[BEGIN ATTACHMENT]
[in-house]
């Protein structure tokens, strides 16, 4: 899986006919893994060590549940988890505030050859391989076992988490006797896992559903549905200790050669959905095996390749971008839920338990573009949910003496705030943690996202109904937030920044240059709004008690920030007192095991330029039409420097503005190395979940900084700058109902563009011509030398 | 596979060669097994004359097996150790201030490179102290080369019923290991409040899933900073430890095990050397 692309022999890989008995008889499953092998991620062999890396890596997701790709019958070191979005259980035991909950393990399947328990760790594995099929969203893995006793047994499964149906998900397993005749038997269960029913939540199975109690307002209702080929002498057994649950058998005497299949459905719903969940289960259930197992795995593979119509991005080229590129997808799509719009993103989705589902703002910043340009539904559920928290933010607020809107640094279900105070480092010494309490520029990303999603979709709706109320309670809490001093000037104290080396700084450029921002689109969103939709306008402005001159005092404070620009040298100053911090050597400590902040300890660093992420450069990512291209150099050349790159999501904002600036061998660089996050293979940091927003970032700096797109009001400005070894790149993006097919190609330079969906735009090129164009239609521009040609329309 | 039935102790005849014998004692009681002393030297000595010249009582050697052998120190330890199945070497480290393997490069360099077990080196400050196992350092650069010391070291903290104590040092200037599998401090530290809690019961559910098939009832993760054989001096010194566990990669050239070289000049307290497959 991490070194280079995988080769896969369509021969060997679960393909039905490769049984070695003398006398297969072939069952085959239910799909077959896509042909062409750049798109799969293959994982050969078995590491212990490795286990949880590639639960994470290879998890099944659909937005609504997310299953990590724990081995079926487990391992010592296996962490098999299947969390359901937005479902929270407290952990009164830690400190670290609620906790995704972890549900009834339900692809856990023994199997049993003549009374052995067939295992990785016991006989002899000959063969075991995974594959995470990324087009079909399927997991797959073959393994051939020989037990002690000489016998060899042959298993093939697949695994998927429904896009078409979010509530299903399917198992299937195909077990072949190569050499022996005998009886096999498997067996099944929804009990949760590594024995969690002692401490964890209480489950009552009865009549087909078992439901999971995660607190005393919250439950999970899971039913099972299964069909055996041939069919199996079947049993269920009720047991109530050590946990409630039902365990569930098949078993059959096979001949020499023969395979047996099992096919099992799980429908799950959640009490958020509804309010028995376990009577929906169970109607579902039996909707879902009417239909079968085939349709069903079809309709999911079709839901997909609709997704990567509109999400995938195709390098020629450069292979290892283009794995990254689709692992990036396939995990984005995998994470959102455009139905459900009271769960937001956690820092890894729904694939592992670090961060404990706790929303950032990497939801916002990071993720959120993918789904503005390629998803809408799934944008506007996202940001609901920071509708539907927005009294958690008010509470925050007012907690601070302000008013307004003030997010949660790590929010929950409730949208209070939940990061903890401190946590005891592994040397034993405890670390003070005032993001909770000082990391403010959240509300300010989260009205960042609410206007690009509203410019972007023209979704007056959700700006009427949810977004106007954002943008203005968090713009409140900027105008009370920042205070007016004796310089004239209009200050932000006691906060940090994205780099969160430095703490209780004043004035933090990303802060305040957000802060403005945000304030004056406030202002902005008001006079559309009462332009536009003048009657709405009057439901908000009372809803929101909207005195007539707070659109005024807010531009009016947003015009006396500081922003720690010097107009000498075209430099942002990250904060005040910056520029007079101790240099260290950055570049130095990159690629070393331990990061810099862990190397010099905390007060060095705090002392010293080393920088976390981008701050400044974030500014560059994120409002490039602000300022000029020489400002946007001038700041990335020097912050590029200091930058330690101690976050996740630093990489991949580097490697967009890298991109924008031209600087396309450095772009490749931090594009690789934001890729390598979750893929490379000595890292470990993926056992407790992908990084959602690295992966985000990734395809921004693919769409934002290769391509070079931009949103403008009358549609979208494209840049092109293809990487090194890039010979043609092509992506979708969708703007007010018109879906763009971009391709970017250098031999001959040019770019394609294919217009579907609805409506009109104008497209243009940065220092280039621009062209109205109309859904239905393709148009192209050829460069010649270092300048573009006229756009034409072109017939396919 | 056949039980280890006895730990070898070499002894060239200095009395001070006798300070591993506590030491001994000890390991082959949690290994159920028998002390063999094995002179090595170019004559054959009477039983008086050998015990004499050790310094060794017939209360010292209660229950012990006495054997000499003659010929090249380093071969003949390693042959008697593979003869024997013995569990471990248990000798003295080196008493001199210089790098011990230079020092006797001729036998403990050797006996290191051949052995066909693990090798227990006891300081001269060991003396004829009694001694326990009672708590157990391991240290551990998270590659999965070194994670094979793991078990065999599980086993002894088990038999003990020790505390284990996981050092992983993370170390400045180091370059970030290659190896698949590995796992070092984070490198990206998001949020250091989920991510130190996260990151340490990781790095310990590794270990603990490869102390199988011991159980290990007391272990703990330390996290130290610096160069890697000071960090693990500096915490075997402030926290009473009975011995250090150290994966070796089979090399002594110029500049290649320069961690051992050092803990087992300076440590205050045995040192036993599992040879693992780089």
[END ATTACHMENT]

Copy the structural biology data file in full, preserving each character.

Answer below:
[in-house]
């Protein structure tokens, strides 16, 4: 899986006919893994060590549940988890505030050859391989076992988490006797896992559903549905200790050669959905095996390749971008839920338990573009949910003496705030943690996202109904937030920044240059709004008690920030007192095991330029039409420097503005190395979940900084700058109902563009011509030398 | 596979060669097994004359097996150790201030490179102290080369019923290991409040899933900073430890095990050397 692309022999890989008995008889499953092998991620062999890396890596997701790709019958070191979005259980035991909950393990399947328990760790594995099929969203893995006793047994499964149906998900397993005749038997269960029913939540199975109690307002209702080929002498057994649950058998005497299949459905719903969940289960259930197992795995593979119509991005080229590129997808799509719009993103989705589902703002910043340009539904559920928290933010607020809107640094279900105070480092010494309490520029990303999603979709709706109320309670809490001093000037104290080396700084450029921002689109969103939709306008402005001159005092404070620009040298100053911090050597400590902040300890660093992420450069990512291209150099050349790159999501904002600036061998660089996050293979940091927003970032700096797109009001400005070894790149993006097919190609330079969906735009090129164009239609521009040609329309 | 039935102790005849014998004692009681002393030297000595010249009582050697052998120190330890199945070497480290393997490069360099077990080196400050196992350092650069010391070291903290104590040092200037599998401090530290809690019961559910098939009832993760054989001096010194566990990669050239070289000049307290497959 991490070194280079995988080769896969369509021969060997679960393909039905490769049984070695003398006398297969072939069952085959239910799909077959896509042909062409750049798109799969293959994982050969078995590491212990490795286990949880590639639960994470290879998890099944659909937005609504997310299953990590724990081995079926487990391992010592296996962490098999299947969390359901937005479902929270407290952990009164830690400190670290609620906790995704972890549900009834339900692809856990023994199997049993003549009374052995067939295992990785016991006989002899000959063969075991995974594959995470990324087009079909399927997991797959073959393994051939020989037990002690000489016998060899042959298993093939697949695994998927429904896009078409979010509530299903399917198992299937195909077990072949190569050499022996005998009886096999498997067996099944929804009990949760590594024995969690002692401490964890209480489950009552009865009549087909078992439901999971995660607190005393919250439950999970899971039913099972299964069909055996041939069919199996079947049993269920009720047991109530050590946990409630039902365990569930098949078993059959096979001949020499023969395979047996099992096919099992799980429908799950959640009490958020509804309010028995376990009577929906169970109607579902039996909707879902009417239909079968085939349709069903079809309709999911079709839901997909609709997704990567509109999400995938195709390098020629450069292979290892283009794995990254689709692992990036396939995990984005995998994470959102455009139905459900009271769960937001956690820092890894729904694939592992670090961060404990706790929303950032990497939801916002990071993720959120993918789904503005390629998803809408799934944008506007996202940001609901920071509708539907927005009294958690008010509470925050007012907690601070302000008013307004003030997010949660790590929010929950409730949208209070939940990061903890401190946590005891592994040397034993405890670390003070005032993001909770000082990391403010959240509300300010989260009205960042609410206007690009509203410019972007023209979704007056959700700006009427949810977004106007954002943008203005968090713009409140900027105008009370920042205070007016004796310089004239209009200050932000006691906060940090994205780099969160430095703490209780004043004035933090990303802060305040957000802060403005945000304030004056406030202002902005008001006079559309009462332009536009003048009657709405009057439901908000009372809803929101909207005195007539707070659109005024807010531009009016947003015009006396500081922003720690010097107009000498075209430099942002990250904060005040910056520029007079101790240099260290950055570049130095990159690629070393331990990061810099862990190397010099905390007060060095705090002392010293080393920088976390981008701050400044974030500014560059994120409002490039602000300022000029020489400002946007001038700041990335020097912050590029200091930058330690101690976050996740630093990489991949580097490697967009890298991109924008031209600087396309450095772009490749931090594009690789934001890729390598979750893929490379000595890292470990993926056992407790992908990084959602690295992966985000990734395809921004693919769409934002290769391509070079931009949103403008009358549609979208494209840049092109293809990487090194890039010979043609092509992506979708969708703007007010018109879906763009971009391709970017250098031999001959040019770019394609294919217009579907609805409506009109104008497209243009940065220092280039621009062209109205109309859904239905393709148009192209050829460069010649270092300048573009006229756009034409072109017939396919 | 056949039980280890006895730990070898070499002894060239200095009395001070006798300070591993506590030491001994000890390991082959949690290994159920028998002390063999094995002179090595170019004559054959009477039983008086050998015990004499050790310094060794017939209360010292209660229950012990006495054997000499003659010929090249380093071969003949390693042959008697593979003869024997013995569990471990248990000798003295080196008493001199210089790098011990230079020092006797001729036998403990050797006996290191051949052995066909693990090798227990006891300081001269060991003396004829009694001694326990009672708590157990391991240290551990998270590659999965070194994670094979793991078990065999599980086993002894088990038999003990020790505390284990996981050092992983993370170390400045180091370059970030290659190896698949590995796992070092984070490198990206998001949020250091989920991510130190996260990151340490990781790095310990590794270990603990490869102390199988011991159980290990007391272990703990330390996290130290610096160069890697000071960090693990500096915490075997402030926290009473009975011995250090150290994966070796089979090399002594110029500049290649320069961690051992050092803990087992300076440590205050045995040192036993599992040879693992780089």